Chandrayaan-3’s orbit is reduced to 174km x 1,437km following a manoeuvre performed today (Wednesday). The next operation is scheduled between 11.30am and 12.30pm on August 14,” Isro said. On Monday, the space agency had reduced the altitude of Chandrayaan-3 by around 14,000km to bring it to 4,313km (Apolune) close to Moon’s surface.
The next lunar-bound manoeuvres will be on August 14, when Isro will further reduce the distance between the spacecraft and Moon; on August 16, when Chandrayaan-3 enters the 100km circular orbit, and August 17, when the landing module, comprising the lander (Vikram) and the rover (Pragyan) break away from the propulsion module. Once Vikram, with Pragyan sitting inside, separates, Isro will de-boost it to an orbit where the Perilune (closest point to Moon) is 30km and the Apolune is 100km. The final landing will be attempted from this orbit.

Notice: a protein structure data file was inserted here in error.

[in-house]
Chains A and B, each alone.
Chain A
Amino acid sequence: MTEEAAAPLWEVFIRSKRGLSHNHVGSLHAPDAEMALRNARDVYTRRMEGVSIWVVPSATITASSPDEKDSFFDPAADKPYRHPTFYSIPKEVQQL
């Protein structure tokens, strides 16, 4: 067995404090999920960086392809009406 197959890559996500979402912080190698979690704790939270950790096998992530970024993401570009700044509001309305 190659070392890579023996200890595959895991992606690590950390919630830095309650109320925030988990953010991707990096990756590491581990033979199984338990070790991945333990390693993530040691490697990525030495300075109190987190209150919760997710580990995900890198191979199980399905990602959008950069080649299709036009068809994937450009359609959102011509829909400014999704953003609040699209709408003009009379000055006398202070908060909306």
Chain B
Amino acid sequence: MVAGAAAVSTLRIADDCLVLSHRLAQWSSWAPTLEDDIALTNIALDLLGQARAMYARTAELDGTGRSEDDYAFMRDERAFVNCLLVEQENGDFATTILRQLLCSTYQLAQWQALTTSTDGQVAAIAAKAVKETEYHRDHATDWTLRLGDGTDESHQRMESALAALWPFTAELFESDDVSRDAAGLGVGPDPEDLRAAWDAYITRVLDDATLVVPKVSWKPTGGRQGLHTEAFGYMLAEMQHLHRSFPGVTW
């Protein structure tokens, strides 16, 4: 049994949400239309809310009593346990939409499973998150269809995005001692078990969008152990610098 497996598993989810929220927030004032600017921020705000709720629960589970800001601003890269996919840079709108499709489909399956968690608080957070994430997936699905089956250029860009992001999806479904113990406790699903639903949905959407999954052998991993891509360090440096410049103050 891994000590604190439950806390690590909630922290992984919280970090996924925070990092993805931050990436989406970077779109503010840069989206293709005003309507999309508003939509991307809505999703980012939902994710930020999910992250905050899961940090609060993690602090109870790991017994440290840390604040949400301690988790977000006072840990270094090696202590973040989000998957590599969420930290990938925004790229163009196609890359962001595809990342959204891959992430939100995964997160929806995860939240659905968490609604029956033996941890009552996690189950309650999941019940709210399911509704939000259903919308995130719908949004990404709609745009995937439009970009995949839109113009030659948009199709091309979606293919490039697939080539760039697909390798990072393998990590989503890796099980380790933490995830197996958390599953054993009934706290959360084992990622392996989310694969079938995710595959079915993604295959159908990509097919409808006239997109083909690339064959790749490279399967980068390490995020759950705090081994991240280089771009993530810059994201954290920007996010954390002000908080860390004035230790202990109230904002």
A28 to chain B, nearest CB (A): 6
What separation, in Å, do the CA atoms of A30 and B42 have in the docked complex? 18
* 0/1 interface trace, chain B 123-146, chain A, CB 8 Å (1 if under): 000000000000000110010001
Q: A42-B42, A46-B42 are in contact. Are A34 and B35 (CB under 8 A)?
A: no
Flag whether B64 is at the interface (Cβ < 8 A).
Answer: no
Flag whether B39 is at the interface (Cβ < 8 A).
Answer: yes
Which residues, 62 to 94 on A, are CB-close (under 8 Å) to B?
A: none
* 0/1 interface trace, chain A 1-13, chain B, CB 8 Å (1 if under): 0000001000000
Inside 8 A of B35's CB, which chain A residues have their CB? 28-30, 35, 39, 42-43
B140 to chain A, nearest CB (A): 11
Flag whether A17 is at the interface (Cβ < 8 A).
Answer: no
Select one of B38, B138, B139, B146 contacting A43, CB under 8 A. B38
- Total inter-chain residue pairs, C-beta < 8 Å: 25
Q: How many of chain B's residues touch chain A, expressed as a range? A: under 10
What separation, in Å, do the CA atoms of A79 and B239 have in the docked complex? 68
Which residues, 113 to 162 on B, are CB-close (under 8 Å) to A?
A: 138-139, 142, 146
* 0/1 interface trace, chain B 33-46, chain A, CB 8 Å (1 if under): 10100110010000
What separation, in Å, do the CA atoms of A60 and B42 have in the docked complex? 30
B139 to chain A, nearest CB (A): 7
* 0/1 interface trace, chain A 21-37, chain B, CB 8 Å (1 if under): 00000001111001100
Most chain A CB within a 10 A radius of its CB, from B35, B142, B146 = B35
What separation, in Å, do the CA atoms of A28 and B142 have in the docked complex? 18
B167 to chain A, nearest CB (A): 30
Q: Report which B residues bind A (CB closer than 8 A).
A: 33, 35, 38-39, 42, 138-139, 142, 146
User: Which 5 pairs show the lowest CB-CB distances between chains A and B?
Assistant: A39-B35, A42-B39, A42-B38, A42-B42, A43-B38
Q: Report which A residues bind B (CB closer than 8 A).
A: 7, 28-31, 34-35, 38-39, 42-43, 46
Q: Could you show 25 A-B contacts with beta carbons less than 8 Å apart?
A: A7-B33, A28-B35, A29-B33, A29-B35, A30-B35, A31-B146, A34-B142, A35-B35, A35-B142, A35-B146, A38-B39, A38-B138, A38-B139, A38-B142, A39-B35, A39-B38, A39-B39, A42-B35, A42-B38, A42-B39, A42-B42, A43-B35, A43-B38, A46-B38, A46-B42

And late on Tuesday, Isro chairman S Somnath, in a lecture at an event organised by Disha Bharat, an NGO in Bengaluru, reiterated the various redundancies introduced in Chandrayaan-3 to ensure a safe landing on August 23.
“The most critical part of the landing is the process of reducing the velocity of the lander from 30km height to the final landing. At 30km, the spacecraft is horizontal. Transferring the spacecraft from a horizontal orientation to vertical is very challenging, we had problems here with Chandrayaan-2. We have to ensure that not too much fuel is consumed, the distance is calculated correctly, all algorithms work… For this, we’ve changed the guidance design, introduced newer algorithms and extensive simulations have been done.” Somanath said.